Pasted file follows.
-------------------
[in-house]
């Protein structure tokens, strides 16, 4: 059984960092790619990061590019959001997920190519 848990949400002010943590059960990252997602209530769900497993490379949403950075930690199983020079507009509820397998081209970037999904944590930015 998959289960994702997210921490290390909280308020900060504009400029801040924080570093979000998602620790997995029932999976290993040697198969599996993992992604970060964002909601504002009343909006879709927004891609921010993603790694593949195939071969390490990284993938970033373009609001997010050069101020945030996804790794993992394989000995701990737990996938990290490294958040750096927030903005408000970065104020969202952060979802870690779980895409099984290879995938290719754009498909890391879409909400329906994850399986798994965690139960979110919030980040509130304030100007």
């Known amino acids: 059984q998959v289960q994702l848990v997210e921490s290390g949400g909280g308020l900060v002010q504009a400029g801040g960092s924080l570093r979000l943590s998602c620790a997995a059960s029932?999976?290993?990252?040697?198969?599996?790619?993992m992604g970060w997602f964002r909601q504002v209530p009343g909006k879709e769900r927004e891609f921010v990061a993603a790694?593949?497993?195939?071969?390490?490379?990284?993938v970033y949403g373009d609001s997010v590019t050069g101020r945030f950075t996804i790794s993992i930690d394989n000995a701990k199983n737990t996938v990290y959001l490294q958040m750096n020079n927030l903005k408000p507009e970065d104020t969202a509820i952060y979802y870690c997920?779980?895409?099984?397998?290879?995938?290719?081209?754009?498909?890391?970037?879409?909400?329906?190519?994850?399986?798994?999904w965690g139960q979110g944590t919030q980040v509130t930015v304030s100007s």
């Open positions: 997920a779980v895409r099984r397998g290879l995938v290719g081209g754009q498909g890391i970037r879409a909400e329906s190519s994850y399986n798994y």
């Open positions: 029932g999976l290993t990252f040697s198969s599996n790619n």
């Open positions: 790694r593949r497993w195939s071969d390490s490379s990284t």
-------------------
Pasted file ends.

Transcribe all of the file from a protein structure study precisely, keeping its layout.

[in-house]
């Protein structure tokens, strides 16, 4: 059984960092790619990061590019959001997920190519 848990949400002010943590059960990252997602209530769900497993490379949403950075930690199983020079507009509820397998081209970037999904944590930015 998959289960994702997210921490290390909280308020900060504009400029801040924080570093979000998602620790997995029932999976290993040697198969599996993992992604970060964002909601504002009343909006879709927004891609921010993603790694593949195939071969390490990284993938970033373009609001997010050069101020945030996804790794993992394989000995701990737990996938990290490294958040750096927030903005408000970065104020969202952060979802870690779980895409099984290879995938290719754009498909890391879409909400329906994850399986798994965690139960979110919030980040509130304030100007």
């Known amino acids: 059984q998959v289960q994702l848990v997210e921490s290390g949400g909280g308020l900060v002010q504009a400029g801040g960092s924080l570093r979000l943590s998602c620790a997995a059960s029932?999976?290993?990252?040697?198969?599996?790619?993992m992604g970060w997602f964002r909601q504002v209530p009343g909006k879709e769900r927004e891609f921010v990061a993603a790694?593949?497993?195939?071969?390490?490379?990284?993938v970033y949403g373009d609001s997010v590019t050069g101020r945030f950075t996804i790794s993992i930690d394989n000995a701990k199983n737990t996938v990290y959001l490294q958040m750096n020079n927030l903005k408000p507009e970065d104020t969202a509820i952060y979802y870690c997920?779980?895409?099984?397998?290879?995938?290719?081209?754009?498909?890391?970037?879409?909400?329906?190519?994850?399986?798994?999904w965690g139960q979110g944590t919030q980040v509130t930015v304030s100007s």
């Open positions: 997920a779980v895409r099984r397998g290879l995938v290719g081209g754009q498909g890391i970037r879409a909400e329906s190519s994850y399986n798994y």
């Open positions: 029932g999976l290993t990252f040697s198969s599996n790619n």
């Open positions: 790694r593949r497993w195939s071969d390490s490379s990284t």